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A Glimpse of What It's Like: Being a Parent

Rachel O'Reilly

By Courtney Ward

I’ve been a parent for three+ years now, and the number one thing I’ve learned is how to let go. This stems into so many parts of my "new life" (which is how I refer to being a parent). Nothing is the same as it was before, and that’s a good thing. That said, it took a very long time to accept, to let go of my previous life and any expectations I had of how I would be as a parent. 

At first, I was determined to cling to the life I had by my bare hands; to not be “one of those parents,” who I had seen change so much or become “not cool” anymore. This was an exhausting and unattainable goal. I wish I could go back and be more accepting of myself, and know that making changes was okay and even a positive thing. Over the years, I had watched many people change drastically after they had children. Before I experienced it myself, I couldn't relate, and saw the changes as negative because they didn't align with my life at the time. These people no longer came to parties, had to honor curfews, couldn’t be spontaneous and always had their child with them. It didn’t look fun. If you haven't yet had children, you may hold the same view - which is why I wanted to be a part of Cherish. I want to share what it's like on the other side, and help a future parent who is apprehensive or scared feel a little better.

I have gained so much as a parent, more than I could have ever imagined, but I also lost a part of myself. One of the hardest things to let go of was the ability to be spontaneous. With a child, a simple trip out the door takes twenty minutes (at least), to get everything together. Parenting is truly more than a full-time job. You can no longer do what you want when you want, as small as a notion that may be. Before leaving home, you must ask yourself, “what do I do with my child and is this right for him/her?” Every single time I have considered doing anything, this is my first question.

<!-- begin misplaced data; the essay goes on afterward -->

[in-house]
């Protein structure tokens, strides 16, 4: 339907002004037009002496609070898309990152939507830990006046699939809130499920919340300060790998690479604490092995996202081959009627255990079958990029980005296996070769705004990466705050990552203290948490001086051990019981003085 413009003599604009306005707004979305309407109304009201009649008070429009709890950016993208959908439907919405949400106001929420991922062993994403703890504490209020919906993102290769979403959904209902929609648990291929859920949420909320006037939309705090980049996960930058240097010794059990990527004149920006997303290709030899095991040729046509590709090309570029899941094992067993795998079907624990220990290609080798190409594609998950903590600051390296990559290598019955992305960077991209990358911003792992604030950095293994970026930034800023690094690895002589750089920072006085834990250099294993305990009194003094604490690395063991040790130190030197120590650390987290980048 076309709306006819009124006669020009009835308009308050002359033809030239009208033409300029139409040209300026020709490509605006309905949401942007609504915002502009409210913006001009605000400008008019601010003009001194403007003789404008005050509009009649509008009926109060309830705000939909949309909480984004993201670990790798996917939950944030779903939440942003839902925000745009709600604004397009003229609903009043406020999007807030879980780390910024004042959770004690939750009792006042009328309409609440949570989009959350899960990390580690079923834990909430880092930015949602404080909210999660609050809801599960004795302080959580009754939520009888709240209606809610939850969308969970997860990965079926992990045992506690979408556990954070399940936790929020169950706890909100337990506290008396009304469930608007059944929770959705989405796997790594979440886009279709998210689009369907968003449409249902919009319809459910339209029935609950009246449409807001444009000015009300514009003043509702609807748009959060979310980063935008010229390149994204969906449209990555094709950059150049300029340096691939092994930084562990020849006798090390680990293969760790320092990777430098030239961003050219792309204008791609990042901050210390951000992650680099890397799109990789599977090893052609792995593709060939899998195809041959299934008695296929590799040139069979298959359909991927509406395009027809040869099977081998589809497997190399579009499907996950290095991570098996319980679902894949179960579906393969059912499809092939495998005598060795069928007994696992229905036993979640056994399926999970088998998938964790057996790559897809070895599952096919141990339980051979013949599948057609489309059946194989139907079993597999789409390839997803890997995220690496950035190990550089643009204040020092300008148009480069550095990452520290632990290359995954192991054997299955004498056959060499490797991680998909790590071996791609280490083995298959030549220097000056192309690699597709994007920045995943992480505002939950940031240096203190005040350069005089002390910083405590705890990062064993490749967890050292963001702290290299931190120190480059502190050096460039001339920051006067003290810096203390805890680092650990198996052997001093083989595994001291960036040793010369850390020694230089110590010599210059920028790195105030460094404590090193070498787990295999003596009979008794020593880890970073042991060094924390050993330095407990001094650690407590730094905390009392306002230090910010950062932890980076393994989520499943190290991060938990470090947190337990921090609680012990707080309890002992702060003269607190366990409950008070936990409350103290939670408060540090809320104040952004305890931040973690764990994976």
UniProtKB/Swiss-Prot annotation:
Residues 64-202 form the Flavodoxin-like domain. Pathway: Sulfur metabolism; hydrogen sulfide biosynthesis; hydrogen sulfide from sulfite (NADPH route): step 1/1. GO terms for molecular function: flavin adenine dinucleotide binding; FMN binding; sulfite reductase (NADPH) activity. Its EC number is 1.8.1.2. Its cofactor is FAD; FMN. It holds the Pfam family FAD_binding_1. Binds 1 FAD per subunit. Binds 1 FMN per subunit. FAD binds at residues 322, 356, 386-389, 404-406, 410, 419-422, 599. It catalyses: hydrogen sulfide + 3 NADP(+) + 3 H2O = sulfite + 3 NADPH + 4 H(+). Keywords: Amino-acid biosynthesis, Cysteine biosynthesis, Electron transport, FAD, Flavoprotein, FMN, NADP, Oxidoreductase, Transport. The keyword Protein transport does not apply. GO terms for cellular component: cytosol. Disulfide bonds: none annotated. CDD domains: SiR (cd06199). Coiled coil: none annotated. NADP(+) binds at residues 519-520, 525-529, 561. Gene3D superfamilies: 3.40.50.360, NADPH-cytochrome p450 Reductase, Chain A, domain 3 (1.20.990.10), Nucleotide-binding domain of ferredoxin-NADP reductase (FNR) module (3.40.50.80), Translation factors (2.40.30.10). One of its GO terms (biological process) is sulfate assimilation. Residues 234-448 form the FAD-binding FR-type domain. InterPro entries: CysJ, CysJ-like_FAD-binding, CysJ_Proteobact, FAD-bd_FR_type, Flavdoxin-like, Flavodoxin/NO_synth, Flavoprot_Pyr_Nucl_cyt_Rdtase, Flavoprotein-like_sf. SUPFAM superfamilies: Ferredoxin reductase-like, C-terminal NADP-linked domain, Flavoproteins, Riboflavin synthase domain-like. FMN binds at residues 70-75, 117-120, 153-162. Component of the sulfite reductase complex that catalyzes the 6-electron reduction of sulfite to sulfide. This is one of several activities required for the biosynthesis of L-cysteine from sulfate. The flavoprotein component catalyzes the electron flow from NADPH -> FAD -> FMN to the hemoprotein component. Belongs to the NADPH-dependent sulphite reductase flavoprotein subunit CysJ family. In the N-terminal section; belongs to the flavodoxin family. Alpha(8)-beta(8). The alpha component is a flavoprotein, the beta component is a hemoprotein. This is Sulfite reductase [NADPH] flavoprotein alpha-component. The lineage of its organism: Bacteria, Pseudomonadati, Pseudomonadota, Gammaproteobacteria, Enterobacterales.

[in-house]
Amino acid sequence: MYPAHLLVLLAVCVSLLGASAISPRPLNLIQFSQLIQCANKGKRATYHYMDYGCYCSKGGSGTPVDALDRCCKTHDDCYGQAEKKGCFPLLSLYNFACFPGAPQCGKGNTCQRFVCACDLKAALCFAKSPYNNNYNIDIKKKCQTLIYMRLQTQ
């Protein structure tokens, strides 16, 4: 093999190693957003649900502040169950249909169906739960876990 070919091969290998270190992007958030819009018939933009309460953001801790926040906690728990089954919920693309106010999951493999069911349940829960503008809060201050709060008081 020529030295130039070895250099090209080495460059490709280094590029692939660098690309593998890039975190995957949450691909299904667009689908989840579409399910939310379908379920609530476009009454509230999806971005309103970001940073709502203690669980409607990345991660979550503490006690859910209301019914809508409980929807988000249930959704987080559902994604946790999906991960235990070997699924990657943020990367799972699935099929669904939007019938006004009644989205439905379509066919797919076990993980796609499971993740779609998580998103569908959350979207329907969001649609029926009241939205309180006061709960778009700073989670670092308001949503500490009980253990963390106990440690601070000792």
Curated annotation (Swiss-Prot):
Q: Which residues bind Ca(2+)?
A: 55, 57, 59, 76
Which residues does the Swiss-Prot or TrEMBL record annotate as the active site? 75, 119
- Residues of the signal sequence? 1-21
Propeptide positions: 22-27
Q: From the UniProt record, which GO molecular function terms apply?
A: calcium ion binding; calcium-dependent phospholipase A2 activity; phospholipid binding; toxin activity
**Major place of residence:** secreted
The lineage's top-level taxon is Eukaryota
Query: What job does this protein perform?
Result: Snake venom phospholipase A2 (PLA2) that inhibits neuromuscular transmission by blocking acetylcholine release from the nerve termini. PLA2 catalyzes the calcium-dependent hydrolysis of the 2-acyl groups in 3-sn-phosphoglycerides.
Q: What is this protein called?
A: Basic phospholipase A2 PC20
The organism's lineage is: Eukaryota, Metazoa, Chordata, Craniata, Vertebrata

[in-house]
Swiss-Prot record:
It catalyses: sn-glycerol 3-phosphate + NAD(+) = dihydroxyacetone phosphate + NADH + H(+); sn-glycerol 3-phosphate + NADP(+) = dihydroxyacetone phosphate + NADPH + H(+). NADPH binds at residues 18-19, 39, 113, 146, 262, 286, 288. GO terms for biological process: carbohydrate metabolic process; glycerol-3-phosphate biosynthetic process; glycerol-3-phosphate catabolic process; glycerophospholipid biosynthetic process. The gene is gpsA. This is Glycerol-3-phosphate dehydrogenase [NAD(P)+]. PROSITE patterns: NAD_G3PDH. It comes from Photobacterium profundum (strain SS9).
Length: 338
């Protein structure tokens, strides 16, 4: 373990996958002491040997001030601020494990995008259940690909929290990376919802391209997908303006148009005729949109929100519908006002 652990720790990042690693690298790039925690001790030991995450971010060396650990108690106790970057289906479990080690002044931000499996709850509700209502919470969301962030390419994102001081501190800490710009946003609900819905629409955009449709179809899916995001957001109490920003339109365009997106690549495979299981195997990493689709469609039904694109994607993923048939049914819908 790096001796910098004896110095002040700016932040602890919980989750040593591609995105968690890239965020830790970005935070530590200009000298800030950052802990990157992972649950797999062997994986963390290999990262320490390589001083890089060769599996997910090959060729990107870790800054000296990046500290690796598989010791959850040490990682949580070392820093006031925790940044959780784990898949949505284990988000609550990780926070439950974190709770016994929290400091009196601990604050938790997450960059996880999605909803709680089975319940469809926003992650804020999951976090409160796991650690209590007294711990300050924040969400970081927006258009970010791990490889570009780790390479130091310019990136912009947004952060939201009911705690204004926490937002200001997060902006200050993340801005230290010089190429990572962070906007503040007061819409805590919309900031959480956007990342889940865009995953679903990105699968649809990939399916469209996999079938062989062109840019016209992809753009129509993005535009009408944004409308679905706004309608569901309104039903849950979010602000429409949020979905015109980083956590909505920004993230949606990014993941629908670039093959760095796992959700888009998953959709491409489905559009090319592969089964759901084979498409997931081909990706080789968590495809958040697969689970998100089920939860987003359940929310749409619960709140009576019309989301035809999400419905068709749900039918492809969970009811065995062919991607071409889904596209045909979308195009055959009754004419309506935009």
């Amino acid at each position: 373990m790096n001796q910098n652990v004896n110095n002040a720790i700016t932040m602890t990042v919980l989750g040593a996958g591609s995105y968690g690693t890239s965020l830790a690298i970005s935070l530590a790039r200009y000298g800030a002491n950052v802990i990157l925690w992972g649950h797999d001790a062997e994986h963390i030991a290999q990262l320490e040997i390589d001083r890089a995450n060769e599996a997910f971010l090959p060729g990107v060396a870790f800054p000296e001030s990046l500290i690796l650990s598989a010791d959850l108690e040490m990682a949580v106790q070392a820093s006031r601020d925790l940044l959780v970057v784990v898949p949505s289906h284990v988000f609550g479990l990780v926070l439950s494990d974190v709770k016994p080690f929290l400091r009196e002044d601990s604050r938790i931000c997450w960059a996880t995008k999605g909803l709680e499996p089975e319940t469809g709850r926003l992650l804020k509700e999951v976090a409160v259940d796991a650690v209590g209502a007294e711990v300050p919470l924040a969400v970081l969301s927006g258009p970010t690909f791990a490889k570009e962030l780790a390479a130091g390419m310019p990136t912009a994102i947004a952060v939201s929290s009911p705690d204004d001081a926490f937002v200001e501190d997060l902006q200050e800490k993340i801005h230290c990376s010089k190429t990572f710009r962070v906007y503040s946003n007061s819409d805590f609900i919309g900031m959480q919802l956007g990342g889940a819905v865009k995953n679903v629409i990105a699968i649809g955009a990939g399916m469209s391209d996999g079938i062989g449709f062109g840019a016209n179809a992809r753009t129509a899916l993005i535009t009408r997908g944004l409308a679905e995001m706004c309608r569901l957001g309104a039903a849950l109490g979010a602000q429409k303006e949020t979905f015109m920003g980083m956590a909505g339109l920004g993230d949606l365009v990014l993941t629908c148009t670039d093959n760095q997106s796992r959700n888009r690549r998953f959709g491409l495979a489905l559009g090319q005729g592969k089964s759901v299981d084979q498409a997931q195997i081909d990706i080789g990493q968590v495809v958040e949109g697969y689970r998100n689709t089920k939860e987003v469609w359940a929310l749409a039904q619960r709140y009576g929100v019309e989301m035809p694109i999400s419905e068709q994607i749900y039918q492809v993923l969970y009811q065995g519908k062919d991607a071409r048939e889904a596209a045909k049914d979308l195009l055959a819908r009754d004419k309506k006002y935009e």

Unlike many jobs I’ve had in the past, you can’t half-ass parenthood. Parenting makes you step up your game. I’ve been pretty hard on myself in this new phase, setting unreachable expectations, as I am sure most parents do their first couple years. The adjustment and changes are huge and continue to happen, and I’ve questioned myself a lot. Am I working too much? Too little? Is my baby getting enough stimulation? Am I present enough? Am I focusing enough on my marriage? Am I a bad friend? The second-guessing can be endless.

Eventually, I decided to give myself a break. I let these thoughts come and go, and I'm accepting of them. I’ve also decided that I am enough. Those three simple words I repeat to myself have really changed my mindset and my overall well-being. I am enough. What I CAN do is enough. So what if the kitchen isn’t spotless? If the laundry isn’t put away? If I have a little softness around my stomach? This applies to so much. Letting go of the idea that everything has to be perfect and releasing expectations has allowed me to enjoy my daughter, and life in general, much more. 

I’ve also stopped trying to be at every social event, now carefully selecting things that I want to do without feeling guilty about it. Truthfully, I would rather be with my child and do things that make her little face light up and create memories for her that she will in turn cherish. You can’t put a price on the feeling you get when you see your child’s smile when she first discovers that a rose smells so sweet, falls in love with a giraffe at the zoo, or experiences the wind on her face for the first time. I’ve had to sacrifice things I used to love, but it’s worth it. 

I know this phase of my life won’t be forever, and eventually I'll have time for more social gatherings, girl-time, and travel. I miss those things, but I also know that I have to accept the time of life that I am in, trust it and fully embrace it before it passes me by. I finally feel more at peace, and by letting go of my pre-parenthood expectations, I'm able to be a better parent and person.